Down Syndrome (DS) is the most common genetic alteration responsible for intellectual disability, which refers to deficits in both intellectual and adaptive functioning. According to this, individuals with Down Syndrome (DS) reach developmental milestones (e.g., sitting, walking, and babbling) in the same order as their typically developing peers, but later in life. Since developmental milestones are the first blocks on which development builds, the aims of the current study are to: (i) expand the knowledge of developmental milestone acquisition; and (ii) explore the relationship between developmental milestone acquisition and later development. For this purpose 105 children/adolescents with DS were involved in this study, divided in two groups, Preschoolers (n = 39) and School-age participants (n = 66). Information on the age of acquisition of Sitting, Walking, Babbling, and Sphincter Control was collected, together with cognitive, motor, and adaptive functioning. Sitting predicted later motor development, but, with age, it became less important in predicting motor development in everyday life. Babbling predicted later language development in older children. Finally, Sphincter Control emerged as the strongest predictor of motor, cognitive, language, and adaptive skills, with its role being more evident with increasing age. Our data suggest that the age of reaching the milestones considered in the study has an influence on successive development, a role that can be due to common neural substrates, the environment, and the developmental cascade effect.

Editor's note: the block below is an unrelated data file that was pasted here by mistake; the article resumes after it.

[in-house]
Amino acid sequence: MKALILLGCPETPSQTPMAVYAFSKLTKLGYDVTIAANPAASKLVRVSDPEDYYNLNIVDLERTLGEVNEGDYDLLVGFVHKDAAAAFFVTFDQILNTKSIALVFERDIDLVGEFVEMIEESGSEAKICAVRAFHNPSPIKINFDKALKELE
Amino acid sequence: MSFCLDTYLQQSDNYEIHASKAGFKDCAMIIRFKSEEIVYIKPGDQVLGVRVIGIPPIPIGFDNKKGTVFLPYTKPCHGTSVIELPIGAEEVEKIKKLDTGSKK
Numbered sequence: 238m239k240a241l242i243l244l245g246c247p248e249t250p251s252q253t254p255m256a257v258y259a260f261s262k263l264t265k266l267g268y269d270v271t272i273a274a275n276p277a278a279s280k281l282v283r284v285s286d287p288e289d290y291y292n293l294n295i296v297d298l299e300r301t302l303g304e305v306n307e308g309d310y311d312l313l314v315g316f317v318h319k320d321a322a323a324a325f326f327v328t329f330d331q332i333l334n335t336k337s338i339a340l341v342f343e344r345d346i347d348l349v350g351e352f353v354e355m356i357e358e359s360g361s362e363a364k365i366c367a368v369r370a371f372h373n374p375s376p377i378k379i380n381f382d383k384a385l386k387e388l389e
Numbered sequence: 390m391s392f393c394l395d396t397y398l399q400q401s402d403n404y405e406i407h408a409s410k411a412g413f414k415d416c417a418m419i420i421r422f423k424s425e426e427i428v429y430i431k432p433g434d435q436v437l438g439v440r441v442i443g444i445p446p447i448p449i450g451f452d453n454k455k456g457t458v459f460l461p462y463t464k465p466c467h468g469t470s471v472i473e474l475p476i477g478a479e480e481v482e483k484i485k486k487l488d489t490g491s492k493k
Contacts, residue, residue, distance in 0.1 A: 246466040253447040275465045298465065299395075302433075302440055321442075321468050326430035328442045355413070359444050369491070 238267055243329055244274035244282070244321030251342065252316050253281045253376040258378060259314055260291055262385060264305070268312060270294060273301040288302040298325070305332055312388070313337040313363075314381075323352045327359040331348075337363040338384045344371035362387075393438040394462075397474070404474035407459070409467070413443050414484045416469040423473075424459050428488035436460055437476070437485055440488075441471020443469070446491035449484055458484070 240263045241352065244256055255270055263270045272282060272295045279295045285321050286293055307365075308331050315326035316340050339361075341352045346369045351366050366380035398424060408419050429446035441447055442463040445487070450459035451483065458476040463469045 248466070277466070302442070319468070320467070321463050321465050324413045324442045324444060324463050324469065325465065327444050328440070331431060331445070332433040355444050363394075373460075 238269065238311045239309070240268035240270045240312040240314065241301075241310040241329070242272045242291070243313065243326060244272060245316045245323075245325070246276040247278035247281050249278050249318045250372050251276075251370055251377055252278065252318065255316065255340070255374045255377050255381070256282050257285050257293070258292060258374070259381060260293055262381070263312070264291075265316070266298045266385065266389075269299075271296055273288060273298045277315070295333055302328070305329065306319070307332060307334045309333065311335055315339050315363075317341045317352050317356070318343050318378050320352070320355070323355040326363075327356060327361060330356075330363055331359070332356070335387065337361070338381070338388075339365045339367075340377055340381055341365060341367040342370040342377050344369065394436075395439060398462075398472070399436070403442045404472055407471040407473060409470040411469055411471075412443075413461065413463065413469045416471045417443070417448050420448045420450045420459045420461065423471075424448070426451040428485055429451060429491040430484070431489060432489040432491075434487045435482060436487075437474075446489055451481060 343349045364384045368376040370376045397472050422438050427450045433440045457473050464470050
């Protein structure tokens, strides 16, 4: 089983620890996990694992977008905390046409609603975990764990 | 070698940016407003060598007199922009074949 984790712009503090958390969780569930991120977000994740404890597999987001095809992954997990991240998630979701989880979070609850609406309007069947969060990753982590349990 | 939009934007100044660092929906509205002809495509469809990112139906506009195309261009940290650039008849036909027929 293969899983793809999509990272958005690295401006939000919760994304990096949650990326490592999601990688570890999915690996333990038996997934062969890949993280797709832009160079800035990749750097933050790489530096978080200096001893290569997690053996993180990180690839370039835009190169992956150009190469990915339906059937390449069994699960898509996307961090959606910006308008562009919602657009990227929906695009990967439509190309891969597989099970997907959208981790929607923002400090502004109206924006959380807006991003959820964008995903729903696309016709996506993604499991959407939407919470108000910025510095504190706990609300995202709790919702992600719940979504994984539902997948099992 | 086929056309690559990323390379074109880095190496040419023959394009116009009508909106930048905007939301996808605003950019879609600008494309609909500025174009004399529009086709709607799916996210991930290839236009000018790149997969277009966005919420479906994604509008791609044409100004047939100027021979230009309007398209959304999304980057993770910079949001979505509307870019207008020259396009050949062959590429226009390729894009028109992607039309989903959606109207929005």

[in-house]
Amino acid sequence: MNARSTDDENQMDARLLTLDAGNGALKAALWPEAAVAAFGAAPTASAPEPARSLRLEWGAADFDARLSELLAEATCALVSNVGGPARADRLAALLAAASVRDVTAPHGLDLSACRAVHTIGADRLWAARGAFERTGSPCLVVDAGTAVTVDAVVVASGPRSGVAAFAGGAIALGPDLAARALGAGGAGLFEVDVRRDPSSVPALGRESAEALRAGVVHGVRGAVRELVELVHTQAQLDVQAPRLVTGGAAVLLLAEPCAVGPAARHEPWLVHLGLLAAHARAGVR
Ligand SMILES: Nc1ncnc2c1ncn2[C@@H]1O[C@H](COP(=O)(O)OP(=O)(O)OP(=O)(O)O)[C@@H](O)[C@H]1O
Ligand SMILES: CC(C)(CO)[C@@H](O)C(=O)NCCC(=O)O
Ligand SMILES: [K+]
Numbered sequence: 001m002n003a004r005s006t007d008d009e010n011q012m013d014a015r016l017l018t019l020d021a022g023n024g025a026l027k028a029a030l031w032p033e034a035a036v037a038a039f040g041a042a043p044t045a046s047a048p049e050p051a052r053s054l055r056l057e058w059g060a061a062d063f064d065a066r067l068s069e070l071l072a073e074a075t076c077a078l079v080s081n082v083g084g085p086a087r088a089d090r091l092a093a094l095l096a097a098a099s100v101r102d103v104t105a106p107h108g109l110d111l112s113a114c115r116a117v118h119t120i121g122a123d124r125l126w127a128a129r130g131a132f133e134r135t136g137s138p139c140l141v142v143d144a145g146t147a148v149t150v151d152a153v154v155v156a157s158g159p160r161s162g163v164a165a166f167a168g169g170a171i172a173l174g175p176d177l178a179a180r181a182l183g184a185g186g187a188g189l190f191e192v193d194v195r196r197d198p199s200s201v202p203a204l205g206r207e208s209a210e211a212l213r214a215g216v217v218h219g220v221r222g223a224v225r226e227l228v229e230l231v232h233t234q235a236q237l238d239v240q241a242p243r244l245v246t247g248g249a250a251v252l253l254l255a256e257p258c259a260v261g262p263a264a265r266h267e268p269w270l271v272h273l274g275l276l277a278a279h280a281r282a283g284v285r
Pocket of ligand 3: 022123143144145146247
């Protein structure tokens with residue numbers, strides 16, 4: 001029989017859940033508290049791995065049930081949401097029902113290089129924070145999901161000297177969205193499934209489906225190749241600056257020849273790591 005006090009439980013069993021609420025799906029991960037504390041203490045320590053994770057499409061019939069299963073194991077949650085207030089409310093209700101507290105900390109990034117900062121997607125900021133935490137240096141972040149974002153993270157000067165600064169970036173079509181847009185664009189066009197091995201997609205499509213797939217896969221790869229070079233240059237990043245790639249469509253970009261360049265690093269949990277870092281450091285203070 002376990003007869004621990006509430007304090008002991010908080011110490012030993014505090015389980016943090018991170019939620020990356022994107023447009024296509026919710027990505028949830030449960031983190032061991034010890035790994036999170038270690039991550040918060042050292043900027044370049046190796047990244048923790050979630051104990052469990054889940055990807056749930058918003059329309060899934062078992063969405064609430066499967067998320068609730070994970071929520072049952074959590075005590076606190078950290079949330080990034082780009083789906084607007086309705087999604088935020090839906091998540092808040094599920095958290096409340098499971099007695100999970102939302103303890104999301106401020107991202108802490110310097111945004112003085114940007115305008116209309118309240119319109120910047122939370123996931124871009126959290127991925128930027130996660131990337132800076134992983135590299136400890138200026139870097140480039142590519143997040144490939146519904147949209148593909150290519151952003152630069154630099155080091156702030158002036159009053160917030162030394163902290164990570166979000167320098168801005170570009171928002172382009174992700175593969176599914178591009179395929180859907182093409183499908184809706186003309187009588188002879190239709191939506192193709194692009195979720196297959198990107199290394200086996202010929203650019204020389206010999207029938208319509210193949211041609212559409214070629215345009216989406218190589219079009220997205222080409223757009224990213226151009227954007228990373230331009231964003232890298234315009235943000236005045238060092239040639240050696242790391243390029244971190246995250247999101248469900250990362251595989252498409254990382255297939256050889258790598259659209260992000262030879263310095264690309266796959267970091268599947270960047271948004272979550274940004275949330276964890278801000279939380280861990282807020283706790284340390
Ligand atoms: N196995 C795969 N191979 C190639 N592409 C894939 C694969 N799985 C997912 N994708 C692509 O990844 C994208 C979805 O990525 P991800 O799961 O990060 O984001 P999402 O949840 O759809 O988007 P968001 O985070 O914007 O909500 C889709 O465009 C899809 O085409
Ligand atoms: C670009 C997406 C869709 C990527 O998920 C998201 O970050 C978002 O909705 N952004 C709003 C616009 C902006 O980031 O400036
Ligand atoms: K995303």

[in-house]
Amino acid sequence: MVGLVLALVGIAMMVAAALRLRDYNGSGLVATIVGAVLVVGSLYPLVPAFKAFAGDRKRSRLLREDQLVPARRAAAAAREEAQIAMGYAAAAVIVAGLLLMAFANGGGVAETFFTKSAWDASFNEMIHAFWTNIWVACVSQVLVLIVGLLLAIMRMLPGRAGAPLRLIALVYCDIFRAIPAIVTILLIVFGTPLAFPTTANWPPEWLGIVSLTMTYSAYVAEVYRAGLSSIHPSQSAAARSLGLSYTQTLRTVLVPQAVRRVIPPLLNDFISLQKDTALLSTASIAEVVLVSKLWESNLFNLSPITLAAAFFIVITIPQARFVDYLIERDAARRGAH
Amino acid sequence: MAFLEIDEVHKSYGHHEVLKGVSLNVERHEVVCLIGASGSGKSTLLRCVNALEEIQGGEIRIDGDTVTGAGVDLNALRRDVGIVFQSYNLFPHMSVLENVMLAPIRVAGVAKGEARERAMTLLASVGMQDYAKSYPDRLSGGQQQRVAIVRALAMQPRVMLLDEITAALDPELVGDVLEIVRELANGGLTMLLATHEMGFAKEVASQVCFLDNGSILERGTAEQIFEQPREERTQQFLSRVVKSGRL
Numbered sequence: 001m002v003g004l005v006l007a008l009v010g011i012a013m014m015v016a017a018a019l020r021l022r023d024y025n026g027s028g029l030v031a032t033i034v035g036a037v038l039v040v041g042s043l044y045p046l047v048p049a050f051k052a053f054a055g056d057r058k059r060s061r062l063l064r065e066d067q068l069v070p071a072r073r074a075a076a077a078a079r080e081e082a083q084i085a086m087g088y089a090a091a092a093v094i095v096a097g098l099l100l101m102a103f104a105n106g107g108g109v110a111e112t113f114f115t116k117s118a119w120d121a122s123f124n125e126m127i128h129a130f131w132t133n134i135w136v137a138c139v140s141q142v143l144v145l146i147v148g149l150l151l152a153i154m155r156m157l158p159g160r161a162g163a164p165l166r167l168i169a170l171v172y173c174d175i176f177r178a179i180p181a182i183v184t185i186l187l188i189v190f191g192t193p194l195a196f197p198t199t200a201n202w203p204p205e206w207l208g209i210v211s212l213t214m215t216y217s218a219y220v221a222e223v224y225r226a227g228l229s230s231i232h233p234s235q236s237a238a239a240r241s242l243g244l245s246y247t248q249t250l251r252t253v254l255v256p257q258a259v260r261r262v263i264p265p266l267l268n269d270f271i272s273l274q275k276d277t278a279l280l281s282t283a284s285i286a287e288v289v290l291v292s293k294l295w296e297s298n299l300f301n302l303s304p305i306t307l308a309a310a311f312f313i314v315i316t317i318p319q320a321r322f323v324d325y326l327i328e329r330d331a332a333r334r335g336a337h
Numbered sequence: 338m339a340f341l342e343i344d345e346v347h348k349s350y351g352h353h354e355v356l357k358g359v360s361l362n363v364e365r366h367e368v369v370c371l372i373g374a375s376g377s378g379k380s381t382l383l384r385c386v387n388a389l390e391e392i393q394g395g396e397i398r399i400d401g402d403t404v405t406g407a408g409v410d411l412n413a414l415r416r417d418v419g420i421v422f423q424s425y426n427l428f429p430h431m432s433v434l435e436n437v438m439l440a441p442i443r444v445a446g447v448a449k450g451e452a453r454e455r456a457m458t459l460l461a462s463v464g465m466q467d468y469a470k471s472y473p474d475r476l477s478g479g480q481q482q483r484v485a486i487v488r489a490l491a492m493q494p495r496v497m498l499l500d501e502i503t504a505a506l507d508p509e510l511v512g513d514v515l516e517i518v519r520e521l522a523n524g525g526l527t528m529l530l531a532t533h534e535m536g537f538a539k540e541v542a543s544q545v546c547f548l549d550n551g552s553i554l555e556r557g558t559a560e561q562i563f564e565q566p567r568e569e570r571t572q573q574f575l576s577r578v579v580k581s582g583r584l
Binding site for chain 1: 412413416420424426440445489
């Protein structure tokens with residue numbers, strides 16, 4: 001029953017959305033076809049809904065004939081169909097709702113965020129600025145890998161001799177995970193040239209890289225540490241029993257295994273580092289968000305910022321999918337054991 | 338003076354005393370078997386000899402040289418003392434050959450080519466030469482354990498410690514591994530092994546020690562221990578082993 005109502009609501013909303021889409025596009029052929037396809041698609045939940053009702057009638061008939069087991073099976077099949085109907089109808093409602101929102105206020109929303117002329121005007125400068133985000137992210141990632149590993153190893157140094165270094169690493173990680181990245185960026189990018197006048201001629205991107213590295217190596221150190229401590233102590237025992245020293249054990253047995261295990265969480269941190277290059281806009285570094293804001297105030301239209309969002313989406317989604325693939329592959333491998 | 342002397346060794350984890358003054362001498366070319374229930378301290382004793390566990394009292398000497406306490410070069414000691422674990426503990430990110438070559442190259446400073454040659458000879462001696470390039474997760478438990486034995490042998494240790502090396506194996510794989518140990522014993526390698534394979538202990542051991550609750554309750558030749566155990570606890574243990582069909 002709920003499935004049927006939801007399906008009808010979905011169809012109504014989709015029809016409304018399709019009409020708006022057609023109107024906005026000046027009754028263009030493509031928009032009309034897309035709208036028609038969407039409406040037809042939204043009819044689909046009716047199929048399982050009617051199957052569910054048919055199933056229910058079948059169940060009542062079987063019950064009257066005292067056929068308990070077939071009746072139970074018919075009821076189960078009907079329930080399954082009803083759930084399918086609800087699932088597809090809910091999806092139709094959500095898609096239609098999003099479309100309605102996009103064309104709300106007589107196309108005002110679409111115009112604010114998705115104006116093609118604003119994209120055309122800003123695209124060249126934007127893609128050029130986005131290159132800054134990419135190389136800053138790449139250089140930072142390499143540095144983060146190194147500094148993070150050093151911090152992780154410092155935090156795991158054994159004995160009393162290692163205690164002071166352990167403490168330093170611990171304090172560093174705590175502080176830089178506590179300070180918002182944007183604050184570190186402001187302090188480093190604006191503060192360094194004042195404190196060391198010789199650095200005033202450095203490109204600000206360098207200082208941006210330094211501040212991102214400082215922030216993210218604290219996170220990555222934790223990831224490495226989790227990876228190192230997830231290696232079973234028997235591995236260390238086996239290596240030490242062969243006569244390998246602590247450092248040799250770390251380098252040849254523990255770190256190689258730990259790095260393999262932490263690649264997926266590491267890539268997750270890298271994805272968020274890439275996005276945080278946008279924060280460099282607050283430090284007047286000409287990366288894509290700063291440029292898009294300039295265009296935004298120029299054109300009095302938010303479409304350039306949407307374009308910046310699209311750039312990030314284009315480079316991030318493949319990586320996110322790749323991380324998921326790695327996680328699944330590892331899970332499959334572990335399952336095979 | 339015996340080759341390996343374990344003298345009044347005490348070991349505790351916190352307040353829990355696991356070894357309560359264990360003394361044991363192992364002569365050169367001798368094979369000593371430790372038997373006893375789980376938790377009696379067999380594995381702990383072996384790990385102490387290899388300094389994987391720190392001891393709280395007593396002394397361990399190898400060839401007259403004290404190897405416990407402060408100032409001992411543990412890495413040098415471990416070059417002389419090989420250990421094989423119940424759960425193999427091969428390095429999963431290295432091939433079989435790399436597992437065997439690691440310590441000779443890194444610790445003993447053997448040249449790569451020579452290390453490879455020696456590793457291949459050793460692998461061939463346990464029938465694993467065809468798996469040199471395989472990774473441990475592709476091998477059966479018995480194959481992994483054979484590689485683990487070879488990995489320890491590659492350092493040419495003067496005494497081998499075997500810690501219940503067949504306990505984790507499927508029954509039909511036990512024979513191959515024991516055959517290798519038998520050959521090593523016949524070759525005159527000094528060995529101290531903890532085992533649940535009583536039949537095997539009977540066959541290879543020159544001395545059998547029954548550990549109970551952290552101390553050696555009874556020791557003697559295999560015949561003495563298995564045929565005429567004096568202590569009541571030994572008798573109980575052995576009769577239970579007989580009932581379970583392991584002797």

Is the Age of Developmental Milestones a Predictor for Future Development in Down Syndrome?

Sara Onnivello;Francesca Pulina;Chiara Marcolin;Renzo Vianello;Enrico Toffalini;Silvia Lanfranchi
2021

Abstract

Down Syndrome (DS) is the most common genetic alteration responsible for intellectual disability, which refers to deficits in both intellectual and adaptive functioning. According to this, individuals with Down Syndrome (DS) reach developmental milestones (e.g., sitting, walking, and babbling) in the same order as their typically developing peers, but later in life. Since developmental milestones are the first blocks on which development builds, the aims of the current study are to: (i) expand the knowledge of developmental milestone acquisition; and (ii) explore the relationship between developmental milestone acquisition and later development. For this purpose 105 children/adolescents with DS were involved in this study, divided in two groups, Preschoolers (n = 39) and School-age participants (n = 66). Information on the age of acquisition of Sitting, Walking, Babbling, and Sphincter Control was collected, together with cognitive, motor, and adaptive functioning. Sitting predicted later motor development, but, with age, it became less important in predicting motor development in everyday life. Babbling predicted later language development in older children. Finally, Sphincter Control emerged as the strongest predictor of motor, cognitive, language, and adaptive skills, with its role being more evident with increasing age. Our data suggest that the age of reaching the milestones considered in the study has an influence on successive development, a role that can be due to common neural substrates, the environment, and the developmental cascade effect.
2021
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Utilizza questo identificativo per citare o creare un link a questo documento: https://hdl.handle.net/11577/3391112
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